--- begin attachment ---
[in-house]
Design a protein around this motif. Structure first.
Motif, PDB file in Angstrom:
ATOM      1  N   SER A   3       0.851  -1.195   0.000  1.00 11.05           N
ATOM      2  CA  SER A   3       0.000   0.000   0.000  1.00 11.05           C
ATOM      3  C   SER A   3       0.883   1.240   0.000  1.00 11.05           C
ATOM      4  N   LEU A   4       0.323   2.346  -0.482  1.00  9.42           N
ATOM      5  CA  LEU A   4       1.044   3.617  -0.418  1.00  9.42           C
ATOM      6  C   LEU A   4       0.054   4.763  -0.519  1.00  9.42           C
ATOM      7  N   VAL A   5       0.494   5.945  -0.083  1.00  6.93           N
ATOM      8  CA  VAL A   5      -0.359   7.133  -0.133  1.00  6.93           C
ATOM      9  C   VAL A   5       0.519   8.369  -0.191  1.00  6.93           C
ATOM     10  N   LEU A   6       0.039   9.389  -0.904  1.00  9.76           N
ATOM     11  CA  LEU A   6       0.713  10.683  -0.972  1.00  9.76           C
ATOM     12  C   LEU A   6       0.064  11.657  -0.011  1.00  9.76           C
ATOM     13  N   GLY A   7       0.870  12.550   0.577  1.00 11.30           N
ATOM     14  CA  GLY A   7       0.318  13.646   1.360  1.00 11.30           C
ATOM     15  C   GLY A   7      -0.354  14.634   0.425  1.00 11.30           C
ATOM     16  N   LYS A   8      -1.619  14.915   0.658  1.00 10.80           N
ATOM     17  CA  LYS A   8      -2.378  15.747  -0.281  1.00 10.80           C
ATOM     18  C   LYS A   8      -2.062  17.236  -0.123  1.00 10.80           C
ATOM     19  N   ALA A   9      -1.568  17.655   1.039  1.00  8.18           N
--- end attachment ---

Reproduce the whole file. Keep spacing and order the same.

[in-house]
Design a protein around this motif. Structure first.
Motif, PDB file in Angstrom:
ATOM      1  N   SER A   3       0.851  -1.195   0.000  1.00 11.05           N
ATOM      2  CA  SER A   3       0.000   0.000   0.000  1.00 11.05           C
ATOM      3  C   SER A   3       0.883   1.240   0.000  1.00 11.05           C
ATOM      4  N   LEU A   4       0.323   2.346  -0.482  1.00  9.42           N
ATOM      5  CA  LEU A   4       1.044   3.617  -0.418  1.00  9.42           C
ATOM      6  C   LEU A   4       0.054   4.763  -0.519  1.00  9.42           C
ATOM      7  N   VAL A   5       0.494   5.945  -0.083  1.00  6.93           N
ATOM      8  CA  VAL A   5      -0.359   7.133  -0.133  1.00  6.93           C
ATOM      9  C   VAL A   5       0.519   8.369  -0.191  1.00  6.93           C
ATOM     10  N   LEU A   6       0.039   9.389  -0.904  1.00  9.76           N
ATOM     11  CA  LEU A   6       0.713  10.683  -0.972  1.00  9.76           C
ATOM     12  C   LEU A   6       0.064  11.657  -0.011  1.00  9.76           C
ATOM     13  N   GLY A   7       0.870  12.550   0.577  1.00 11.30           N
ATOM     14  CA  GLY A   7       0.318  13.646   1.360  1.00 11.30           C
ATOM     15  C   GLY A   7      -0.354  14.634   0.425  1.00 11.30           C
ATOM     16  N   LYS A   8      -1.619  14.915   0.658  1.00 10.80           N
ATOM     17  CA  LYS A   8      -2.378  15.747  -0.281  1.00 10.80           C
ATOM     18  C   LYS A   8      -2.062  17.236  -0.123  1.00 10.80           C
ATOM     19  N   ALA A   9      -1.568  17.655   1.039  1.00  8.18           N